From time to time I’ll change paper to keep things fresh, and I’ve done this recently, but yet again have gone ‘back to Bock’.  I like the fact, for one thing, that it is contributing to the look of my work, helping to differentiate it in some ways from other watercolourists in the world – working within broadly the same tradition – who use papers that allow a longer working time.

Arne heath and RSPB nature reserve, Purbeck. On Bockingford 200lb Not. For sale


When I use these cotton papers (such as Saunders Waterford, Arches, or Millford for example) I find various things, but particularly:

  1. My work is allowed more ‘fiddle’ time. 2. It starts to look too much like the work of some of these artists I could mention.

In some ways the extra working time that less absorbent papers like these permit definitely makes things easier.  It’s obvious why many artists love them.  Large unified washes can be obtained more easily, and transparency seems more easily retained too. Glazing is no problem, as underlying washes are not raised from the paper inadvertently.

However, I do find that the sizing on these papers means that I cannot move the brush very quickly at all without it resulting in dry-brush effect where I don’t want it.  It’s almost like painting on a wax resist by comparison with Bockingford, and I find I have to slow down and press the brush into the paper, spending time just filling in flecks of white that I don’t want (this is on Not, never mind Rough).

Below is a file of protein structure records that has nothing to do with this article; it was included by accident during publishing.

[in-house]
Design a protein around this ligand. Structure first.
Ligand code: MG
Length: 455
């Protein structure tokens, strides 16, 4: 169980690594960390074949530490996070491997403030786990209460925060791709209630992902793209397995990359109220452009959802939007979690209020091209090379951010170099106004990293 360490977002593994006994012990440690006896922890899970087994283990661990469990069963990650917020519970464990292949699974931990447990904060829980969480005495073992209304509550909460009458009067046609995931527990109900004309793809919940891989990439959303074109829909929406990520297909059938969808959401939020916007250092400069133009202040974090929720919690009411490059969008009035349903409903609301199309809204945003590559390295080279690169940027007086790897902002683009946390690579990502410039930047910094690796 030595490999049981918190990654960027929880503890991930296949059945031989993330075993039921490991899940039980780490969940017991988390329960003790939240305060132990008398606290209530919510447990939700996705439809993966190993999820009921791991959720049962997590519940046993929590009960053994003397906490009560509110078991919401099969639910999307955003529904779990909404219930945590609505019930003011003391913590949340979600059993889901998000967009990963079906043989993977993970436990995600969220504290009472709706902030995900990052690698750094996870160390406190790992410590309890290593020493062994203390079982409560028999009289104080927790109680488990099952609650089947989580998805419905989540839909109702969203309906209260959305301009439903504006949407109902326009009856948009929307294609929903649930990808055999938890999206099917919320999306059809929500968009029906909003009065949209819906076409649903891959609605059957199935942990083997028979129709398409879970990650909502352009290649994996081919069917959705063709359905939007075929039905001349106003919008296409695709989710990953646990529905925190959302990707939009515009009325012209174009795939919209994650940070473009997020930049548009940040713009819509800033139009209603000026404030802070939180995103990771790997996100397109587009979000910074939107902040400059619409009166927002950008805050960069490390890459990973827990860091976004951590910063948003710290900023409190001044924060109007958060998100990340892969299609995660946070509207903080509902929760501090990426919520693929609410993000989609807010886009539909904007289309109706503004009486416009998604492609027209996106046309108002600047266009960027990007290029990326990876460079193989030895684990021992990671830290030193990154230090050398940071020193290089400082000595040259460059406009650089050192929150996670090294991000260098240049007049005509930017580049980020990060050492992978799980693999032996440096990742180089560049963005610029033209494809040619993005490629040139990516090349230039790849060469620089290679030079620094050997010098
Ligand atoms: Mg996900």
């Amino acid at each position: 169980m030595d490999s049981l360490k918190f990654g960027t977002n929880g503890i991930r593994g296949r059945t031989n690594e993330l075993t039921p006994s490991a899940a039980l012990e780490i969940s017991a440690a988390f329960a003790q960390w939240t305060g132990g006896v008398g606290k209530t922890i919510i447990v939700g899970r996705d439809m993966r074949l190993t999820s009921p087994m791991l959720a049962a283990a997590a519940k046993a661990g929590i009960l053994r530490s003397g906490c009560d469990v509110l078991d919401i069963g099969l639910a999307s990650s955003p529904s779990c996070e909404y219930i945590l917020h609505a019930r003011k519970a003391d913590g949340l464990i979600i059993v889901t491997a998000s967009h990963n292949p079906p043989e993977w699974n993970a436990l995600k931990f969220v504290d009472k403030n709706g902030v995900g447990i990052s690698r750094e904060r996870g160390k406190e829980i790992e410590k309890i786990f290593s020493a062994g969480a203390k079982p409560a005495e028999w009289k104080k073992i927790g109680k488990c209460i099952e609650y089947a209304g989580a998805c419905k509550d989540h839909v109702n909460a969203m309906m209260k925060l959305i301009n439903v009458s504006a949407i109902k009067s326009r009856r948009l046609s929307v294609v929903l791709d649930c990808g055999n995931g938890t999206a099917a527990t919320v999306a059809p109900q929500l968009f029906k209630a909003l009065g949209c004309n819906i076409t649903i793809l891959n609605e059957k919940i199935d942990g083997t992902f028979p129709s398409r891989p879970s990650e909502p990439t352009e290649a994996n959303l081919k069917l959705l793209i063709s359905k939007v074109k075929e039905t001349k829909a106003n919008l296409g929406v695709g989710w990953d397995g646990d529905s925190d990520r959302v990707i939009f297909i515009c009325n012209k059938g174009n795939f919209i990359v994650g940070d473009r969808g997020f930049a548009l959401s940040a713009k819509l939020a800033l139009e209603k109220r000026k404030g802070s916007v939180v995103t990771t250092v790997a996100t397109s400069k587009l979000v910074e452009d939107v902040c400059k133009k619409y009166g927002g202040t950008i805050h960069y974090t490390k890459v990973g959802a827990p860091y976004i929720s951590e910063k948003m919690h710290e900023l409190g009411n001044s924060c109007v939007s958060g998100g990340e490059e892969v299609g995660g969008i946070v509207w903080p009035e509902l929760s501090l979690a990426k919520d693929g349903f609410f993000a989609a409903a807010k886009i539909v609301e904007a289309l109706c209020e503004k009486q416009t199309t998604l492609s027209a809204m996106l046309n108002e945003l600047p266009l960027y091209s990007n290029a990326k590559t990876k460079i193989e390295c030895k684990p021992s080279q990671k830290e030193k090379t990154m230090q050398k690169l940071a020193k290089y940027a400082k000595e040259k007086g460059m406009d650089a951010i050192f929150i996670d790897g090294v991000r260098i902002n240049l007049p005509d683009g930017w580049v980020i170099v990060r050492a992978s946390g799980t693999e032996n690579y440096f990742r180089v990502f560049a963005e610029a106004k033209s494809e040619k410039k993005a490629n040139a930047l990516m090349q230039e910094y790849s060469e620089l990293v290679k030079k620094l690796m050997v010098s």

Any painter’s ‘style’ and method develops in a way that is partly dependent on their choice of paper, and other materials.  Bockingford 200lb Not encourages a direct approach, with glazing not a good option.  The paper takes the paint off the brush easily even when you move the brush quickly.  For me it allows for spontaneity – if not demands it – which is apt for my inspiration-driven and somewhat impatient approach to painting (and life).  But if you don’t get it right, you haven’t a lot of time to push the paint around once it’s on the paper, and especially so en plein air if the sun or wind have anything to do with it.  But this trains you in so many ways.

Many people will know of Joseph Zbukvic and perhaps his term ‘Mr. Bead’ (referring to the bead of water/paint at the base of a wash when your paper is tilted).  With Bockingford 200lb Not Mr Bead doesn’t hang around for long.  He doesn’t sit up there compliantly waiting for you to drag him about while you attend to squeezing out some more paint.